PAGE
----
It was almost one full year ago that an unforeseen interstellar object whizzed through the solar system. Immediately after the epic event, curious astronomers began observing the mysterious object to learn more about what the cigar-shaped object was. Henceforth, it became known as Oumuamua.
Image Credit: ESO/M. Kornmesser
Fast-forward a year later, and astronomers still aren’t entirely sure what Oumuamua was. Initially, some called it an interstellar asteroid, and additional investigations suggested it was an interstellar comet. But as a paper on arXiv.org points out, neither of these descriptions genuinely fit the bill and inconsistencies exist in every direction.
When Oumuamua flew through the solar system last year, the Sun’s immense gravity skewed its trajectory. But something else happened that astronomers haven’t been able to explain; the alien object’s velocity increased shortly after passing the Sun.
It was this unexplained speed acceleration, coupled with clues concerning its composition, that led astronomers to assume Oumuamua was an alien comet. After all, comets generally exhibit a behavior known as outgassing as they approach the Sun; this is a process in which the body warms up, and internal gasses escape through crevices, producing an effect comparable to a thruster.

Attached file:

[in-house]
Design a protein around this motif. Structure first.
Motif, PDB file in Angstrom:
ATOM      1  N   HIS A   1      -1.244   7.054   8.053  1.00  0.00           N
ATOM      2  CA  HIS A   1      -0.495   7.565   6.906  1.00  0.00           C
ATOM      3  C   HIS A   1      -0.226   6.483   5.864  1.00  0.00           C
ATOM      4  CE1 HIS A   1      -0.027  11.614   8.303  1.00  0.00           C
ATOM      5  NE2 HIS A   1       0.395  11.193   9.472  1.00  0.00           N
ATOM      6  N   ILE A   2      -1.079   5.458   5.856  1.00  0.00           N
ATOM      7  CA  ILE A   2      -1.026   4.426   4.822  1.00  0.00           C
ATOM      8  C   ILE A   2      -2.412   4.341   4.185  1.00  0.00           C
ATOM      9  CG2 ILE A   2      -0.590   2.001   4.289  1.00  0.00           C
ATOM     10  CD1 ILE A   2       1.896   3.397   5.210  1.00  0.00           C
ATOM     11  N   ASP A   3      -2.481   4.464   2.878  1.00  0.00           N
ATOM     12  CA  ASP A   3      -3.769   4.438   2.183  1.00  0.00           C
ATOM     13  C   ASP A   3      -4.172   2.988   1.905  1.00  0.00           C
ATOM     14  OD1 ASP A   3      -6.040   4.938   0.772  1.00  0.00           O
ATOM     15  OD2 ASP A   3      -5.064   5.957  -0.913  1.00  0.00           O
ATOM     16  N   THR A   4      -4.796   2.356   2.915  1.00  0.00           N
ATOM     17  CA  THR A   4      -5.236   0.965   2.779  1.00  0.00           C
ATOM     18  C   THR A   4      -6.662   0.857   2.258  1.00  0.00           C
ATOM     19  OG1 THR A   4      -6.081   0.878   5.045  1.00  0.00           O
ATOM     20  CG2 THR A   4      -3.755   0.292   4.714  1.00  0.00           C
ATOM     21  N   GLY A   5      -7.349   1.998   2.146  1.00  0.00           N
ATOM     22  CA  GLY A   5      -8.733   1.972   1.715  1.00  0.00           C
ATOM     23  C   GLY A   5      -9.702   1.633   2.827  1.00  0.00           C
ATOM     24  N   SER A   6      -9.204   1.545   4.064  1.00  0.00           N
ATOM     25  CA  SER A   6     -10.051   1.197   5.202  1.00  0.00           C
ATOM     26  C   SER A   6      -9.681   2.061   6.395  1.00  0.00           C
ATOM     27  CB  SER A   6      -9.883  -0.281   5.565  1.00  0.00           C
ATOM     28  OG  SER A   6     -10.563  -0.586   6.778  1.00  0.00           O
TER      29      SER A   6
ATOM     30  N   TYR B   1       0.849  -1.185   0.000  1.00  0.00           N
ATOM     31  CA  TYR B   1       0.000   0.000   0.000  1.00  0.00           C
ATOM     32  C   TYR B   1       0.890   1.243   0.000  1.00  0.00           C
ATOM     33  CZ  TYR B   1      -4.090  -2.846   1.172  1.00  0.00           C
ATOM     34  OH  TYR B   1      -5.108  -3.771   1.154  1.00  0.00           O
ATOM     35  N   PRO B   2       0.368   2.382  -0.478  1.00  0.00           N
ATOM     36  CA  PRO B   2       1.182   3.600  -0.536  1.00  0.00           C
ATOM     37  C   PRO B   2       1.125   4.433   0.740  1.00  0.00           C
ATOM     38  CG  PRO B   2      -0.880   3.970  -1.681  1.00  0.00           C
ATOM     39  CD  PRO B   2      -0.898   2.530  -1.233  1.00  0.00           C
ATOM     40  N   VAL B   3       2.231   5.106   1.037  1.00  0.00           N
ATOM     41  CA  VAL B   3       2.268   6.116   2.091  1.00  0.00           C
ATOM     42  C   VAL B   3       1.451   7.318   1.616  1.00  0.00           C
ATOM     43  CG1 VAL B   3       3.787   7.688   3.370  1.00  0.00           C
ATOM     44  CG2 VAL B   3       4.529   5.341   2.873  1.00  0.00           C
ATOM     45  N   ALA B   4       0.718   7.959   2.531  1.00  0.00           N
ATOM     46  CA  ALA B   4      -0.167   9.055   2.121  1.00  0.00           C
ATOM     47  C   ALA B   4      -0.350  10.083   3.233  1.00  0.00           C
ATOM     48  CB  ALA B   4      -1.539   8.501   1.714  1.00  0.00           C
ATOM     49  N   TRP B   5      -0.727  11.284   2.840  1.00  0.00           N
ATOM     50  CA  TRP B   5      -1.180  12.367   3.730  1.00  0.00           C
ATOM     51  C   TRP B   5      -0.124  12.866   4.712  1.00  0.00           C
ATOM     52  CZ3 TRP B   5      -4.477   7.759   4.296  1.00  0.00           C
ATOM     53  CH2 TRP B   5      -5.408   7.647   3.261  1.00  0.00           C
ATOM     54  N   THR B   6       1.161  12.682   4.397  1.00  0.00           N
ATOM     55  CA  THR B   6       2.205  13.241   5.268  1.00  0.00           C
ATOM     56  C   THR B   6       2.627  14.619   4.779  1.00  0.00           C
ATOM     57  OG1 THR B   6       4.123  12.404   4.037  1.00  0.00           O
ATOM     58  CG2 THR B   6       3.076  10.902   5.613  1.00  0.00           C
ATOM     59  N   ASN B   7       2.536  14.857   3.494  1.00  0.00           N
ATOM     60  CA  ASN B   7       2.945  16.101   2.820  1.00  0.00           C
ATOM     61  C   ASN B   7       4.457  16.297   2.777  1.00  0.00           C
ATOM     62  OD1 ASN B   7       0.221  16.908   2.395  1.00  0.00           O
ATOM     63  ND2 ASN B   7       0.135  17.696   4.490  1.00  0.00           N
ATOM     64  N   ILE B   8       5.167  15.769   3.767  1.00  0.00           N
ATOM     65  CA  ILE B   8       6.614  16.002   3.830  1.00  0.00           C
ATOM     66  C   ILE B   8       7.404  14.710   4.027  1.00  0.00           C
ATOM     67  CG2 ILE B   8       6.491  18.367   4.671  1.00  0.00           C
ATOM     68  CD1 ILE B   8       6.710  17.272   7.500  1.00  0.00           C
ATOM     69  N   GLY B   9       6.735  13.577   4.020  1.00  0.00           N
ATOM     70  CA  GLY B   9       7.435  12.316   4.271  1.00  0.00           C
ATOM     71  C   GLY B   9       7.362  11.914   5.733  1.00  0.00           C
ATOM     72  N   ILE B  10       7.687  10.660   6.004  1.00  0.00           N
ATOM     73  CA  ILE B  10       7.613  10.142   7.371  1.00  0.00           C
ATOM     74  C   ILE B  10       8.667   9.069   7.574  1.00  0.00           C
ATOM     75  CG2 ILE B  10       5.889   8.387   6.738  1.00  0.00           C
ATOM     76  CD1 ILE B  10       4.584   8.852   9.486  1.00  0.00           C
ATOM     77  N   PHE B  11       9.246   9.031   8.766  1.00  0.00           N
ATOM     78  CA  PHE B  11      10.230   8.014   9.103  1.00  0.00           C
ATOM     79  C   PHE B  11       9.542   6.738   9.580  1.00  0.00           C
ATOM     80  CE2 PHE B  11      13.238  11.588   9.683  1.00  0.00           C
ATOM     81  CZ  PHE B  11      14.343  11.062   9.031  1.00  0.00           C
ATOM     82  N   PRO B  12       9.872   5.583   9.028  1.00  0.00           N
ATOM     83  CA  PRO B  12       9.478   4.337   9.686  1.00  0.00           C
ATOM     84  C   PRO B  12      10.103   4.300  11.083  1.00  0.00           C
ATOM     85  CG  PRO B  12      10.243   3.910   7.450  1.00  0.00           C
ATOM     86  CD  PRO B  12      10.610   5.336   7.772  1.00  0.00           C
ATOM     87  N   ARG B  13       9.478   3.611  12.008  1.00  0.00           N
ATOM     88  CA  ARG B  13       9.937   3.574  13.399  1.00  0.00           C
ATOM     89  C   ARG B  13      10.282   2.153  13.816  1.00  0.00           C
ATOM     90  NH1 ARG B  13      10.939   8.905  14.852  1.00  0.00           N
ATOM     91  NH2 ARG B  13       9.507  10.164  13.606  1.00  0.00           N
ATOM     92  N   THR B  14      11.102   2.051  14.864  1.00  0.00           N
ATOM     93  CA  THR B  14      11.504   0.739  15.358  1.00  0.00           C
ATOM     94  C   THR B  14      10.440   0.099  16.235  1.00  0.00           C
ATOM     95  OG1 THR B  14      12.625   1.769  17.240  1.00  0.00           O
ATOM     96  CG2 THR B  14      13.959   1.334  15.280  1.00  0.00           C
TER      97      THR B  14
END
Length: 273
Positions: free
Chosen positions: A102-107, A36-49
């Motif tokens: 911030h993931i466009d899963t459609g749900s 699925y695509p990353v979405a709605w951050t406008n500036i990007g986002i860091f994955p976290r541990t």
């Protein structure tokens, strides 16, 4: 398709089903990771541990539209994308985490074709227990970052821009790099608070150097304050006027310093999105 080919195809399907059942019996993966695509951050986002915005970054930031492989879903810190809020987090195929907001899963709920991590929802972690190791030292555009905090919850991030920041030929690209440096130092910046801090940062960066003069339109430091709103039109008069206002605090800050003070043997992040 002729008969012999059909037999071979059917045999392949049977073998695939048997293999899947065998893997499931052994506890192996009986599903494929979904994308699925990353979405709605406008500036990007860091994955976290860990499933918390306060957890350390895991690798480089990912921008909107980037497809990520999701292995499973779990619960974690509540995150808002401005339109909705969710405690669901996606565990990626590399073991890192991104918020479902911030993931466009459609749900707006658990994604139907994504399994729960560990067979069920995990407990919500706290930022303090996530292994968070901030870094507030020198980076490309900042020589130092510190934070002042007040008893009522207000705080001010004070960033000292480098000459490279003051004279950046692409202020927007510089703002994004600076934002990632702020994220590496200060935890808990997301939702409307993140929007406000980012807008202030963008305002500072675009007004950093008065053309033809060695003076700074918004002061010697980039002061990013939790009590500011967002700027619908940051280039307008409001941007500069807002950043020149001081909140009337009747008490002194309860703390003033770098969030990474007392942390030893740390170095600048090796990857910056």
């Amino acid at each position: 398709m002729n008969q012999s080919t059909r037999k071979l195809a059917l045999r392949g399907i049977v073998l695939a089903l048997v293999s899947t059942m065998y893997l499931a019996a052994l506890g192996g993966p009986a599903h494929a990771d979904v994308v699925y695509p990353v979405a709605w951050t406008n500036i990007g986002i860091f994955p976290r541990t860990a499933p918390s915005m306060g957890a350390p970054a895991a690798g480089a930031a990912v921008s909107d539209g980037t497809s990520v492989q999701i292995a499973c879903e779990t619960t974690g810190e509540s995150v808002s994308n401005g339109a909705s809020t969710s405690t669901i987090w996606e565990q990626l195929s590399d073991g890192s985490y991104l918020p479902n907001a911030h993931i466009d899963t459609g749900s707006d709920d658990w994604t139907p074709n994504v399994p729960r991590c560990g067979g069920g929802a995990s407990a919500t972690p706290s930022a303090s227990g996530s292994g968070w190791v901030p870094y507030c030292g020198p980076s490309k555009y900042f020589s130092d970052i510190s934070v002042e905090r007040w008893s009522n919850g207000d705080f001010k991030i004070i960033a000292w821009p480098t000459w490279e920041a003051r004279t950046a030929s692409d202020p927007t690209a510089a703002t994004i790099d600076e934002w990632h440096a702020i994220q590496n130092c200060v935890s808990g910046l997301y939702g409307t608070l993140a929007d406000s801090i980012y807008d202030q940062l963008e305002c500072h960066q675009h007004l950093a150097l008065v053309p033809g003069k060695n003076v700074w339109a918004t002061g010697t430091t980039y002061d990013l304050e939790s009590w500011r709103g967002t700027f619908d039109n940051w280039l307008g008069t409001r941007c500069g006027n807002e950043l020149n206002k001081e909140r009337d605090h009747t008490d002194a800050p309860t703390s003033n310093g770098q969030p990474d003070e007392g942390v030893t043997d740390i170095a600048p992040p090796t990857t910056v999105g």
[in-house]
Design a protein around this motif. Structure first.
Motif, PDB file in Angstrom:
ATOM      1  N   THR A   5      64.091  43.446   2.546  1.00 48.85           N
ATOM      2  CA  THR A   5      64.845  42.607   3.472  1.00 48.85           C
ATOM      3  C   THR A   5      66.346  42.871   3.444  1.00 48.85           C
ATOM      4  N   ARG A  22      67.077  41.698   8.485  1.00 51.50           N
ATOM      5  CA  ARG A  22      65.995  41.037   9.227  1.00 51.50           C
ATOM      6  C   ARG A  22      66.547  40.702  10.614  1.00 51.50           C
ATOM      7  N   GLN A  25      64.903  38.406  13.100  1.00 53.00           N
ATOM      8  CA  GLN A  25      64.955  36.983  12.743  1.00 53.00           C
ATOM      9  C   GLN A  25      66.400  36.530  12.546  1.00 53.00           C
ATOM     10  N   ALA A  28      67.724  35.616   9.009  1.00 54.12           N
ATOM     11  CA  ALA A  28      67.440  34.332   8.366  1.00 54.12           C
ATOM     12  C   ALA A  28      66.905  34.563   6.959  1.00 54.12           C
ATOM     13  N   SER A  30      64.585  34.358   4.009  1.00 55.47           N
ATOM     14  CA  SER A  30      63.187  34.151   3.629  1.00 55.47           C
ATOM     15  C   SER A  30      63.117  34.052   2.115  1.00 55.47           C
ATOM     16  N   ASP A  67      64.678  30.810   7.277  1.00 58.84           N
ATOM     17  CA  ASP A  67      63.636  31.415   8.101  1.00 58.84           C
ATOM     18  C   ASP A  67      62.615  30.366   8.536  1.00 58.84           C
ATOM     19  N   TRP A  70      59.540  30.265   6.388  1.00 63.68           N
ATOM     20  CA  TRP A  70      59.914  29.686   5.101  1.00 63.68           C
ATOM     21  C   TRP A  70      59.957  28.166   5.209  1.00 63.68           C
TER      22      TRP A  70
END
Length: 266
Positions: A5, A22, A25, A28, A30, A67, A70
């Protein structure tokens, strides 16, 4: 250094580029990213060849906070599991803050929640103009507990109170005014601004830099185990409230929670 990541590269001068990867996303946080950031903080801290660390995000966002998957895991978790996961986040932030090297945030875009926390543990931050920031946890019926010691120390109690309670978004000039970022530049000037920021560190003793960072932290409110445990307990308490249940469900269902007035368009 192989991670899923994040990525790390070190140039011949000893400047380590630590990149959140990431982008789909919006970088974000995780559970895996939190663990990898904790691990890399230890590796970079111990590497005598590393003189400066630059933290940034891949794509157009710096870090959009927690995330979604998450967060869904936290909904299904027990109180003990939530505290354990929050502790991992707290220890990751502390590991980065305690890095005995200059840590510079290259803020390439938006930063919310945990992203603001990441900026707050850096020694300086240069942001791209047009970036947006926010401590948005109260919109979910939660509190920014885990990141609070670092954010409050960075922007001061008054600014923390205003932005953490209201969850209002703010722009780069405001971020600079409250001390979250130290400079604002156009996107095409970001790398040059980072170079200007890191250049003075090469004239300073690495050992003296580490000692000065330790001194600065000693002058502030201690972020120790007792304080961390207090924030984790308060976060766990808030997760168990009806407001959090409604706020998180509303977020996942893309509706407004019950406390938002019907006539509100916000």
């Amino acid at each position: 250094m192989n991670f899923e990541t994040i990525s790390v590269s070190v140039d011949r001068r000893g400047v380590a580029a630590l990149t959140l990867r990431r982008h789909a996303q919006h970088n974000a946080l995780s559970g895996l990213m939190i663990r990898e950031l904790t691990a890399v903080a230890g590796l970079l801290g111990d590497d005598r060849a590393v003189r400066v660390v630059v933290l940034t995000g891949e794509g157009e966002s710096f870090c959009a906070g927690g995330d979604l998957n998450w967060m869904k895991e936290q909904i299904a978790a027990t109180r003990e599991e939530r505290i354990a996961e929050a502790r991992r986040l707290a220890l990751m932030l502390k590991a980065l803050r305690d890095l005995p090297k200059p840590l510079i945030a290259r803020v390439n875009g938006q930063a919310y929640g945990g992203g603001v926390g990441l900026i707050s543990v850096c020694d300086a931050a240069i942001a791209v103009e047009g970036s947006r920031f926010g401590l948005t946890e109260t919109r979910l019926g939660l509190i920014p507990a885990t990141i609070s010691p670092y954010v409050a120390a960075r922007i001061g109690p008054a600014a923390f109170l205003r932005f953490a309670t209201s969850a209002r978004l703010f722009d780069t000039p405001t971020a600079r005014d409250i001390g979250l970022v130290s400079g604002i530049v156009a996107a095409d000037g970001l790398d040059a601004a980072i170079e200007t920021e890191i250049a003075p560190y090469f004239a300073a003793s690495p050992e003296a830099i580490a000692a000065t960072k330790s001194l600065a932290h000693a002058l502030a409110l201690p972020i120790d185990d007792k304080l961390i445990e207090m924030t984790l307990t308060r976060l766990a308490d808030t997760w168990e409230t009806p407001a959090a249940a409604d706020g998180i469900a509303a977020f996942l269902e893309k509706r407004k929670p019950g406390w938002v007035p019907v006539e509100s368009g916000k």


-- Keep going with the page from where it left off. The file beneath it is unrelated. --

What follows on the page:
But University of Cambridge physicist Roman Rafikov wasn’t convinced by this theory. If outgassing caused Oumuamua’s sudden acceleration, then astronomers would have witnessed a comet trail just as they do with other comets in the solar system. Captivatingly enough, Oumuamua never exhibited a comet trail.
“There’s very strong and unequivocal evidence on both sides,” explained Rafikov, the author of the paper. “If it’s an asteroid, then it’s really unusual, with exotic scenarios for its formation.”
So if it’s not an asteroid or a comet, then what is it? There’s no official answer yet, but Rafikov has another theory; one that could potentially explain the mystery behind Oumuamua and its origins.
When stars die, they can sometimes form what many recognize as a white dwarf. The energy emitted during this transformation is thought to obliterate nearby planets, sending jagged shrapnel shaped just like Oumuamua flying in every direction. That said, Oumuamua could have been a remnant from this type of transformation.
“Basically, it’s a messenger from a dead star,” Rafikov said.
Related: What was Oumuamua made out of?
It’s a sound idea, but tracing Oumuamua back to its origins has been quite the challenge. The trail of its trajectory doesn’t coincide directly with any charted systems, and because star positions are always shifting around, it’s challenging to align with older star remnants.
Despite the wild goose chase that Oumuamua has put astronomers through in recent months, many remain dedicated to the cause of discerning its origin. With that in mind, the research continues.